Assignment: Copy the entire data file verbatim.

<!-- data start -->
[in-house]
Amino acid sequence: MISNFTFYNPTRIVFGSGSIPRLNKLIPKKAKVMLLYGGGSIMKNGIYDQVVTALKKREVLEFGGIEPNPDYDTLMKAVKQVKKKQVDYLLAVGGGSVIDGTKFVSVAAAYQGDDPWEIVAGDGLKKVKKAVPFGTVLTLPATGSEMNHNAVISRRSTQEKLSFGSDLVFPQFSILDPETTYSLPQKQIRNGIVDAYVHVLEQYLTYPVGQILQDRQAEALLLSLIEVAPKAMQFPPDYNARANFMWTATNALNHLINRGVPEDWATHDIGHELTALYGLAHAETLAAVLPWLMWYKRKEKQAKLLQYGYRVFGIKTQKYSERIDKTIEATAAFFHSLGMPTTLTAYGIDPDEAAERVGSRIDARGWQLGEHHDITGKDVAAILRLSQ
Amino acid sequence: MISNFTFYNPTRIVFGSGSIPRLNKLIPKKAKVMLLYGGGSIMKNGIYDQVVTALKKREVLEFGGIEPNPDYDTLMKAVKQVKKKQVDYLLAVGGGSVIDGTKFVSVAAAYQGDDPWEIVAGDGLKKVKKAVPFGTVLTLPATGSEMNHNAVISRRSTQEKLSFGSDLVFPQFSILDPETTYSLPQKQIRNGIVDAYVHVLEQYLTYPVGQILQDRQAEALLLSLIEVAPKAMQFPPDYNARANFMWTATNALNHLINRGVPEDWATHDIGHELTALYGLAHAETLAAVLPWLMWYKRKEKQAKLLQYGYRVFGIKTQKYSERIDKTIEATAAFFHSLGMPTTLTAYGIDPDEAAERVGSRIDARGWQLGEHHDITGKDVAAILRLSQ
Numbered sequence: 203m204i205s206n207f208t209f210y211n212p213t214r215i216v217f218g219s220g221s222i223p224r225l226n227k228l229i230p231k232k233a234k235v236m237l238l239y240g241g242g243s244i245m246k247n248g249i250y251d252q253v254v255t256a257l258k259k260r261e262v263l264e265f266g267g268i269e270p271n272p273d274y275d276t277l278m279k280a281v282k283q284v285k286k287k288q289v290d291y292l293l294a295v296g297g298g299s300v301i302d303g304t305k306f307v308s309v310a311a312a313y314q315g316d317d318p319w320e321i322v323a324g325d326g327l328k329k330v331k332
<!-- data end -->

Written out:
[in-house]
Amino acid sequence: MISNFTFYNPTRIVFGSGSIPRLNKLIPKKAKVMLLYGGGSIMKNGIYDQVVTALKKREVLEFGGIEPNPDYDTLMKAVKQVKKKQVDYLLAVGGGSVIDGTKFVSVAAAYQGDDPWEIVAGDGLKKVKKAVPFGTVLTLPATGSEMNHNAVISRRSTQEKLSFGSDLVFPQFSILDPETTYSLPQKQIRNGIVDAYVHVLEQYLTYPVGQILQDRQAEALLLSLIEVAPKAMQFPPDYNARANFMWTATNALNHLINRGVPEDWATHDIGHELTALYGLAHAETLAAVLPWLMWYKRKEKQAKLLQYGYRVFGIKTQKYSERIDKTIEATAAFFHSLGMPTTLTAYGIDPDEAAERVGSRIDARGWQLGEHHDITGKDVAAILRLSQ
Amino acid sequence: MISNFTFYNPTRIVFGSGSIPRLNKLIPKKAKVMLLYGGGSIMKNGIYDQVVTALKKREVLEFGGIEPNPDYDTLMKAVKQVKKKQVDYLLAVGGGSVIDGTKFVSVAAAYQGDDPWEIVAGDGLKKVKKAVPFGTVLTLPATGSEMNHNAVISRRSTQEKLSFGSDLVFPQFSILDPETTYSLPQKQIRNGIVDAYVHVLEQYLTYPVGQILQDRQAEALLLSLIEVAPKAMQFPPDYNARANFMWTATNALNHLINRGVPEDWATHDIGHELTALYGLAHAETLAAVLPWLMWYKRKEKQAKLLQYGYRVFGIKTQKYSERIDKTIEATAAFFHSLGMPTTLTAYGIDPDEAAERVGSRIDARGWQLGEHHDITGKDVAAILRLSQ
Numbered sequence: 203m204i205s206n207f208t209f210y211n212p213t214r215i216v217f218g219s220g221s222i223p224r225l226n227k228l229i230p231k232k233a234k235v236m237l238l239y240g241g242g243s244i245m246k247n248g249i250y251d252q253v254v255t256a257l258k259k260r261e262v263l264e265f266g267g268i269e270p271n272p273d274y275d276t277l278m279k280a281v282k283q284v285k286k287k288q289v290d291y292l293l294a295v296g297g298g299s300v301i302d303g304t305k306f307v308s309v310a311a312a313y314q315g316d317d318p319w320e321i322v323a324g325d326g327l328k329k330v331k332